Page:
Human Remains

Archaeologists, anthropologists, and classicists seem unanimous in asserting that the values of every culture, ancient and modern, entail proper disposal of human tissue and dead bodies. Among many peoples, the obligation to put the body properly to rest has been extended to maintaining the places of disposal as sacred sites. For example, in seventeenth-century New France, now Quebec, the settlements were considered unsuccessful until cemeteries were established. Prior to that, members of the aristocracy who could afford to do so had the body preserved in alcohol or stripped to the skeleton and shipped back to the country of origin. Those of lower status were simply buried in unconsecrated ground and forgotten. Only when consecrated cemeteries were allowed was a parish established, thus allowing the second and third generations of New France to claim the land around the site as "home." The parishioners then had all of the rights of identity afforded their ancestors in the mother country, along with the obligations of maintaining the parish cemeteries as sacred ground.

It is taboo in most of the world to disturb the remains of deceased ancestors except under the most limited of circumstances. Nevertheless, cemeteries are sometimes subject to disturbance. Historically, destruction of burial sites has often been the first act of dominion a conqueror imposes on the vanquished precisely because of its demoralizing effect on the local population. To desecrate means to treat contemptuously, often in a way that demeans for the progeny the importance or values of their ancestor's remains and the sacred sites of disposal.

Groups of indigenous peoples around the world are working to encourage the United Nations to adopt a Declaration on the Rights of Indigenous Peoples forbidding the desecration of burial sites and the displaying of ancestral remains and grave artifacts as tourist attractions. Other international organizations seek to contain the rapidly expanding market for human organs taken from unsuspecting patients and the newly dead in order to cash in on demand in the organ transplant market.

Two major actions taken in the United States have influenced worldwide debate about the use and abuse of human tissue, modern and ancient—the Vermillion Accord (1989) and the Native American Graves Protection and Repatriation Act (1990). The Vermillion Accord on Human Remains emerged out of the first Inter-Congress of the World Archaeological Congress at the University of South Dakota in Vermillion. Individuals from twenty countries, twenty-seven Native American nations, and indigenous people from other parts of the world—among them human osteologists, archaeologists, medical educators, and ethicists—discussed and debated the subject of respectful treatment of human remains. The result, a six-point agreement that has influenced subsequent efforts to bridge the interests of indigenous peoples and scholars, appeared in a 1990 issue of Death Studies :

  1. "Respect for the mortal remains of the dead shall be accorded to all irrespective of origin, race, religion, nationality, custom, and tradition."
  2. "Respect for the wishes of the dead concerning disposition shall be accorded whenever possible, reasonable, and lawful, when they are known or can be reasonably inferred."
  3. "Respect for wishes of the local community shall be accorded whenever possible, reasonable, and lawful."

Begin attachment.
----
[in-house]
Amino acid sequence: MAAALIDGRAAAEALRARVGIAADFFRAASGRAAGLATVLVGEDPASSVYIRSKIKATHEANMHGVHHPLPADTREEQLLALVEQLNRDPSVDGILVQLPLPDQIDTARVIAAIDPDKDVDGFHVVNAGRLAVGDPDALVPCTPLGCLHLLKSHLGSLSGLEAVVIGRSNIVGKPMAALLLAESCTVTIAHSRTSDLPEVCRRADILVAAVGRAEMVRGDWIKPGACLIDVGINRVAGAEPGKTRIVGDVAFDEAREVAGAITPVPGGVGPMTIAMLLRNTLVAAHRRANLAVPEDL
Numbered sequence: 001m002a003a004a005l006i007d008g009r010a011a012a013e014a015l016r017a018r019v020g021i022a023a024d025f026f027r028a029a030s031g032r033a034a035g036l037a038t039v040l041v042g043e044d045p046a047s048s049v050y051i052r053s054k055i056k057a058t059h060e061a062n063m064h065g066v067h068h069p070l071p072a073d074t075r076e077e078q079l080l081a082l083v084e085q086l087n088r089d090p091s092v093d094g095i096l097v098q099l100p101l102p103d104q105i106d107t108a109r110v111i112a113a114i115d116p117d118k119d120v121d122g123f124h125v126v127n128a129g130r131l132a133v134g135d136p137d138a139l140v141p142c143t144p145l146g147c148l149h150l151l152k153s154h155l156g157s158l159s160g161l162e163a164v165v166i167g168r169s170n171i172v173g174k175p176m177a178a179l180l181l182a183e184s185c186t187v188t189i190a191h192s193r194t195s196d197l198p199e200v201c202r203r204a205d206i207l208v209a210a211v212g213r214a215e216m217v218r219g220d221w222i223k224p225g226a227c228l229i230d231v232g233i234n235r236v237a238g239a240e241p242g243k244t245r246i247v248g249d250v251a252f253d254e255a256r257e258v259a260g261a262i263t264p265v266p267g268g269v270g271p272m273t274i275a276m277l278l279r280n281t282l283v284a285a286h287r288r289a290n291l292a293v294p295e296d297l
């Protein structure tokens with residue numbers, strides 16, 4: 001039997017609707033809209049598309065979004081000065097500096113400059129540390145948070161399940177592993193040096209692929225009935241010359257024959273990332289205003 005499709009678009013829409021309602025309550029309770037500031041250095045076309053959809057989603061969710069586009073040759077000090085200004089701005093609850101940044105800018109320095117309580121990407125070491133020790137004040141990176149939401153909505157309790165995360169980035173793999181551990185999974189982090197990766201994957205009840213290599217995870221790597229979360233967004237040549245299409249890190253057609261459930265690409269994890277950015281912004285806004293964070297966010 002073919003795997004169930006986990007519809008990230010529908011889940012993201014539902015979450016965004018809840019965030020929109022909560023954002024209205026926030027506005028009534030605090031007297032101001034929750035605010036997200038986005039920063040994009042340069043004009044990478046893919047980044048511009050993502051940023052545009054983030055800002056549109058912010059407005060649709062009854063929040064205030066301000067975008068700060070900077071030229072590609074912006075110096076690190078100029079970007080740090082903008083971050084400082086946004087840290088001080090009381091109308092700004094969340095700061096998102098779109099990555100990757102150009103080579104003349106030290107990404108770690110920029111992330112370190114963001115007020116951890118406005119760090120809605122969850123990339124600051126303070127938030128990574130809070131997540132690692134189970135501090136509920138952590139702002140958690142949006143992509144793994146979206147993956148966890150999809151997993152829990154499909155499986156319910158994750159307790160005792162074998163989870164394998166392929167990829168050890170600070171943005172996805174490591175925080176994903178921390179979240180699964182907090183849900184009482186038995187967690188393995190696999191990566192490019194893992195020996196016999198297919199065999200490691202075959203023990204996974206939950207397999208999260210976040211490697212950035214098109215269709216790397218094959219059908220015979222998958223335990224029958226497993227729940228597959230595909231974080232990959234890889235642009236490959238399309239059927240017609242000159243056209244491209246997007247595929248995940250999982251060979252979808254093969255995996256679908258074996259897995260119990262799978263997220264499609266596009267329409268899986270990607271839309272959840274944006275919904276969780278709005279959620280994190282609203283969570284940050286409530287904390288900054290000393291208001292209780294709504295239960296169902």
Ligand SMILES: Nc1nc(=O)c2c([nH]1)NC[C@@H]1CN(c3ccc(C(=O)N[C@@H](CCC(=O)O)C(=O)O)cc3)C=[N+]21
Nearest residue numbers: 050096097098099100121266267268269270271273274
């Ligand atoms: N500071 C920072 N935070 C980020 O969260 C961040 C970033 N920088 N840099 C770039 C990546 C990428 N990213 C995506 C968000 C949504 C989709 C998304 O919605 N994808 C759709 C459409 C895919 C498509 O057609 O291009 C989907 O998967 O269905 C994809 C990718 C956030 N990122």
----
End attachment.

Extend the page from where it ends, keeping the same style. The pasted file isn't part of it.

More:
4. "Respect for the scientific research values of skeletal, mummified, and other human remains (including fossil hominids) shall be accorded when such value is demonstrated to exist."
  5. "Agreement on the disposition of fossil, skeletal, mummified, and other remains shall be reached by negotiation on the basis of mutual respect for the legitimate concerns of communities for the proper disposition of their ancestors, as well as the legitimate concerns of science and education."
  6. "The express recognition that the concerns of various ethnic groups as well as those of science are legitimate and to be respected will permit acceptable agreements to be reached and honored."

The accord was later expanded in the World Archaeological Congress's First Code of Ethics.

The Native American Graves Protection and Repatriation Act, passed by Congress in 1990, established rules for returning Native American remains and grave artifacts to appropriate indigenous populations. By November 1993 museums holding Native American materials containing human tissue were required to prepare written summaries of their collections for distribution to culturally affiliated tribes. By November 1995 museums were required to prepare detailed inventories of their Native American collections.

Since adoption of the accord and the passage of the act, legislation has been expanded to cover use of various tests, such as carbon dating and DNA, for identification of remains; control of sale of human tissue; and restriction of collection of ancient, indigenous artifacts associated with sacred areas.

See also: Anthropological Perspective ; Cemeteries AND Cemetery Reform ; Kennewick Man ; Mummification


"Human Remains: Contemporary Issues." Special issue of Death Studies 14, no. 6 (1990).

"Museums and the Human Remains Controversies." Special issue of Caduceus: A Museum Journal for the Health Sciences 6, no. 1 (1991).

Reynolds, Frank, and Earl H. Waugh, eds. Encounters with Death: Essays in the History of Anthropology of Religion. College Station: Pennsylvania State University Press, 1977.

Internet Resources

Bocek, Barb. "Native American Repatriation & Reburial: A Bibliography." In the Green Library at Stanford University [web site]. Available from .


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